Based on the real-life figure of Constance Kopp, the remarkable woman who reportedly became the nation’s first female deputy sheriff in 1916, the historical novel Girl Waits With Gun is not, however, about Kopp’s work in law enforcement. It’s the backstory that leads up to her hiring by the reformist sheriff of Bergen County, New Jersey.
The historical Constance Kopp was a formidable woman, nearly six feet tall and 180 pounds — at a time when (as now) the average height of an adult American man was 5’8″. Kopp was the eldest of three daughters of a well-to-do immigrant Austrian mother and Czech father who had been raised in Brooklyn. Following their father’s departure from their lives and their mother’s death, the three Kopp girls lived together on a small farm in New Jersey, where most of the action takes place.
Girl Waits With Gun (Kopp Sisters #1) by Amy Stewart (2016) 421 pages ★★★★☆
The plot begins to unfold shortly after the Austrian Archduke Ferdinand was assassinated in Serbia, triggering World War I. A wealthy silk manufacturer makes the dumb mistake of driving recklessly and ramming his automobile into the Kopp sisters’ buggy — and then refusing to pay for the damages. But Constance won’t take no for an answer, and fireworks ensue.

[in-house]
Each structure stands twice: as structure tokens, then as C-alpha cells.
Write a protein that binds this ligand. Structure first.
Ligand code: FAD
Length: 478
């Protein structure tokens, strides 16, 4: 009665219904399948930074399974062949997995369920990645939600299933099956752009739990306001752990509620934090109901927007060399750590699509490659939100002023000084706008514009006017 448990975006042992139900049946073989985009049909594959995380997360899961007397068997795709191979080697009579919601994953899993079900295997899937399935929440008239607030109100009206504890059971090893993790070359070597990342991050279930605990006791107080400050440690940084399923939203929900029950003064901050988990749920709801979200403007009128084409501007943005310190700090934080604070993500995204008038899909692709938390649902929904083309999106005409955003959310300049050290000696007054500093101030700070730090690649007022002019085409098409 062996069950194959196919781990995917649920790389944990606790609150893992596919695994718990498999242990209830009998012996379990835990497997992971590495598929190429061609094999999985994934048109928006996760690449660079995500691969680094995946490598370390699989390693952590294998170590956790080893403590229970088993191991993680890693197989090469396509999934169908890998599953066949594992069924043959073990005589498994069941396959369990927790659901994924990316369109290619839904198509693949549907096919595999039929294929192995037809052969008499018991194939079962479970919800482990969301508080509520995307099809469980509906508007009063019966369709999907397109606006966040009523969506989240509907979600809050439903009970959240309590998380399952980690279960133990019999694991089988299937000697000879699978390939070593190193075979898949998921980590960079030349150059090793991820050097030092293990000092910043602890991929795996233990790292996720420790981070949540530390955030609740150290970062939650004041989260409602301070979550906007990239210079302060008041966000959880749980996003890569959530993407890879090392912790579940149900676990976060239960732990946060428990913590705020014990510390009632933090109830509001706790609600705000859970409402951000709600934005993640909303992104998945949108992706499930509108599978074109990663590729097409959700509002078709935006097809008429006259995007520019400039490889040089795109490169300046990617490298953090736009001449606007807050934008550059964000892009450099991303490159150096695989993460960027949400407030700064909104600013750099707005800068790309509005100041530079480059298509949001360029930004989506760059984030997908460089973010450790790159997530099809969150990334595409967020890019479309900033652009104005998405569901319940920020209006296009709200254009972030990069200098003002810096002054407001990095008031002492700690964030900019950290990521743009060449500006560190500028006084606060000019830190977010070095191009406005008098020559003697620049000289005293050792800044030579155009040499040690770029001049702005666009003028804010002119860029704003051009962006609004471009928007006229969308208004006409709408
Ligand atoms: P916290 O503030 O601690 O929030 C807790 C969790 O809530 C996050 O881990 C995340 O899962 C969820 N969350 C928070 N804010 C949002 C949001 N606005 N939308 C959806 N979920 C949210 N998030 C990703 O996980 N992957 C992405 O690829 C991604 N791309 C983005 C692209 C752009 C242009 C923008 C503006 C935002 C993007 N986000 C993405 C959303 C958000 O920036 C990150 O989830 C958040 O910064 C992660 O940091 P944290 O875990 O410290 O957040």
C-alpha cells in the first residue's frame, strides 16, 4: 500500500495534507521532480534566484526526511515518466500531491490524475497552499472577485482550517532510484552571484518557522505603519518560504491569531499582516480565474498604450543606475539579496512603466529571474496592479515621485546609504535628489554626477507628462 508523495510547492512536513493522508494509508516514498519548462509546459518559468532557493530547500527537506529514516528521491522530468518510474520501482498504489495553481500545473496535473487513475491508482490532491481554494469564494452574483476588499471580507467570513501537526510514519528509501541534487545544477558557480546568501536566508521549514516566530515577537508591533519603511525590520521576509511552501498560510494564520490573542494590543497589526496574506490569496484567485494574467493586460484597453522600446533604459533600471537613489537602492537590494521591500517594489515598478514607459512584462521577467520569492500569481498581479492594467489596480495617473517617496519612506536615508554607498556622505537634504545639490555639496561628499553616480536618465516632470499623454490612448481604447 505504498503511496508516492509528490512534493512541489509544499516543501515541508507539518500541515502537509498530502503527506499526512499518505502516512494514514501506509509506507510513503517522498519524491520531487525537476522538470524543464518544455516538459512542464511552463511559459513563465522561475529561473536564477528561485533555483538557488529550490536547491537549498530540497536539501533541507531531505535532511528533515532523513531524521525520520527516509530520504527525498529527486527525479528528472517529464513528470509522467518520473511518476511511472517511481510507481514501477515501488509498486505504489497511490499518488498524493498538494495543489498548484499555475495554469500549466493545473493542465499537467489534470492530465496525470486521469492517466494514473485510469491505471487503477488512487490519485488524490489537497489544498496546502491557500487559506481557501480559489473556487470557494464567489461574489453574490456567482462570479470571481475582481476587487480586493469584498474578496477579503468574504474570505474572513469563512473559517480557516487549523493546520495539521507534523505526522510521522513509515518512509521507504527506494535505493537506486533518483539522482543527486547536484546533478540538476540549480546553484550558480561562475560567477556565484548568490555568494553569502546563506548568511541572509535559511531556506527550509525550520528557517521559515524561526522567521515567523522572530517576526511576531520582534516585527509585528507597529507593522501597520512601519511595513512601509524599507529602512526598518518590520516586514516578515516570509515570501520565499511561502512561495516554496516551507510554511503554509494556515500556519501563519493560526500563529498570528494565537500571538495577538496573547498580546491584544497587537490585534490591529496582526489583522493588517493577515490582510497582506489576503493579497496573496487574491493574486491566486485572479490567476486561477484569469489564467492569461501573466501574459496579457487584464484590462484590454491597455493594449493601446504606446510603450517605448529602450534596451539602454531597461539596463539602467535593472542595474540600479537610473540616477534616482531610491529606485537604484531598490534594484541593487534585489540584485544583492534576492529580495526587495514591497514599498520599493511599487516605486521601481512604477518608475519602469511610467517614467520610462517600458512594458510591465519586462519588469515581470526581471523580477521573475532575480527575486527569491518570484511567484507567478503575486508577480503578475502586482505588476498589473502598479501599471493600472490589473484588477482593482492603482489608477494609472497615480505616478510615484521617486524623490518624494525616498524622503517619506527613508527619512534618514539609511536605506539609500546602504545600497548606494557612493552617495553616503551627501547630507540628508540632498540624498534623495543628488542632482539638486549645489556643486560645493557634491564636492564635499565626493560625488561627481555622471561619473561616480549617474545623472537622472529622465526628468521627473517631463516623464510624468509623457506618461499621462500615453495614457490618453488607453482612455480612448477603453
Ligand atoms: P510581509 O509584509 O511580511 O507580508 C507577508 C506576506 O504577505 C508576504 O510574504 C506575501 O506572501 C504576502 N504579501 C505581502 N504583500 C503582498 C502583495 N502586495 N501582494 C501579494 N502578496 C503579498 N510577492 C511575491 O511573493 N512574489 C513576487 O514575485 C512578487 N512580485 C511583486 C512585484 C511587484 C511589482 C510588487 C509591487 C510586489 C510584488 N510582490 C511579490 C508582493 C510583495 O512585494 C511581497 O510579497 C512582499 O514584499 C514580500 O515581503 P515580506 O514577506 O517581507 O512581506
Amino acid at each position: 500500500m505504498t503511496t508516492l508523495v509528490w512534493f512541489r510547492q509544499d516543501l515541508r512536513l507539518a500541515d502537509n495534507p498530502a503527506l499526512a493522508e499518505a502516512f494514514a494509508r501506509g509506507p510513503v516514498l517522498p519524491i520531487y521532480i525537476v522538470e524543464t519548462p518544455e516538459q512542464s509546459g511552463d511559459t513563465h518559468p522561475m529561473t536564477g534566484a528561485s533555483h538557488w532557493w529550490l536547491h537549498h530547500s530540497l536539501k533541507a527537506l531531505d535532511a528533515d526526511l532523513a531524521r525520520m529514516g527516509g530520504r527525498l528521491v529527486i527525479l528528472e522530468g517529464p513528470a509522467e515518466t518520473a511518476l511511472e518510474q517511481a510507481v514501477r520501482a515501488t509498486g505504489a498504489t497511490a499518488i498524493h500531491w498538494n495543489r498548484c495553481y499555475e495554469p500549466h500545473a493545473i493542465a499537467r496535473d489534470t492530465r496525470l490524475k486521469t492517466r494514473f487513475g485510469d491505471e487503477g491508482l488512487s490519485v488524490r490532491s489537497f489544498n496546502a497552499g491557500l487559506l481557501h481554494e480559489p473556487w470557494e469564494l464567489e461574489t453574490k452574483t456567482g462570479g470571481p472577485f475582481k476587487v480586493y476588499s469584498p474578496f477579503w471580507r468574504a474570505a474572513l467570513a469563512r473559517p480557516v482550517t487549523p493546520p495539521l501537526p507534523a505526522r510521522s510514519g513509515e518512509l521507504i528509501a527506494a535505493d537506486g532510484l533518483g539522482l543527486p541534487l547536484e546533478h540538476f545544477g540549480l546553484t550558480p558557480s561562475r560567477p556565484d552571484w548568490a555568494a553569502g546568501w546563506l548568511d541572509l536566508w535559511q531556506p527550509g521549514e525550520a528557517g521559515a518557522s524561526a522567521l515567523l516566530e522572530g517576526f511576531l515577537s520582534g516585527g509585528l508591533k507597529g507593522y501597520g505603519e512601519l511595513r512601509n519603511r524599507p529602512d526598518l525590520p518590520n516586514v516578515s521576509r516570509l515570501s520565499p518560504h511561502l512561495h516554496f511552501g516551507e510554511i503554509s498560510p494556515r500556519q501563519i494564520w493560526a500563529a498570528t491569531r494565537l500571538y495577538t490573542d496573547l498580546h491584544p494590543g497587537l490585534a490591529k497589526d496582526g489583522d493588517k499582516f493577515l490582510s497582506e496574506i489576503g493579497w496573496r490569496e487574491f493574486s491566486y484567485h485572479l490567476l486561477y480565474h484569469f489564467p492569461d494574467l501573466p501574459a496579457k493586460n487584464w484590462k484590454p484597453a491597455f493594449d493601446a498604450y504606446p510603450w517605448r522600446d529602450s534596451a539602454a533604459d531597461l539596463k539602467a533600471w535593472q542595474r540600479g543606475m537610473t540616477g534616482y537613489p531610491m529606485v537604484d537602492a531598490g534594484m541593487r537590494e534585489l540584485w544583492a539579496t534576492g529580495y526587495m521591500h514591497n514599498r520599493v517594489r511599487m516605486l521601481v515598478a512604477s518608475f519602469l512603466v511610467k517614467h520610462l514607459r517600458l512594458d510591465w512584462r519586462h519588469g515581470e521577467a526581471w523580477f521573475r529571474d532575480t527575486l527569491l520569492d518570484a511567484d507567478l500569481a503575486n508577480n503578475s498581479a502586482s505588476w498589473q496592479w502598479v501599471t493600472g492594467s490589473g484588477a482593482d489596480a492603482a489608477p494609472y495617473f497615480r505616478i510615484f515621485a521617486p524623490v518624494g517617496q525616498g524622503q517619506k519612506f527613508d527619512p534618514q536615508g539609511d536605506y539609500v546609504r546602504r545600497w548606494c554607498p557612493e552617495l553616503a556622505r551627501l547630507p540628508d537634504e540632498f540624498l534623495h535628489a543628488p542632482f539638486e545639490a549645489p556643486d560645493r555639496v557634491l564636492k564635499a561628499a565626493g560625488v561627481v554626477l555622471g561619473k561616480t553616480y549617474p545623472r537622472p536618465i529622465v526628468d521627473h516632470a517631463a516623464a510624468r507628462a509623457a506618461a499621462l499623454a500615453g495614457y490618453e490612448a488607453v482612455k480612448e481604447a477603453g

Girl Waits With Gun paints a colorful picture of all three sisters. Norma is portrayed as a sourpuss who doesn’t seem to agree with anyone or anything. She does the heavy lifting around the house and keeps homing pigeons on the side. In contrast to her older sisters, Fleurette is diminutive, just barely over five feet tall. She is the youngest by far, sixteen to eighteen years old in the timeframe of the novel; she is a talented seamstress, a showoff, impulsive and unpredictable, and so beautiful that she is constantly the center of attention from men. Apparently, the depiction of all three sisters hews close to the historical record.
Naturally, reporters can’t get enough of the Kopp sisters once the traffic collision leads to much more dangerous acts by Henry Kaufman, the car’s driver, and the gang of thugs that seems to surround him everywhere. The tale is suspenseful if confusing at times because of the lack of dates and times to anchor the reader to the shifting timescale of the plot.
As a glimpse at history during the era of the First World War, Girl Waits With Gun is remarkable mostly for its depiction of the extremely constrained roles open to women. The book is well written and a pleasure to read. At times it reads like a thriller.
For further reading
I’ve also reviewed two other books in the Kopp Sisters series:
- Lady Cop Makes Trouble (A real lady cop a century ago in an excellent fact-based crime novel)
- Miss Kopp’s Midnight Confessions (The lady cop who fascinated America a century ago)
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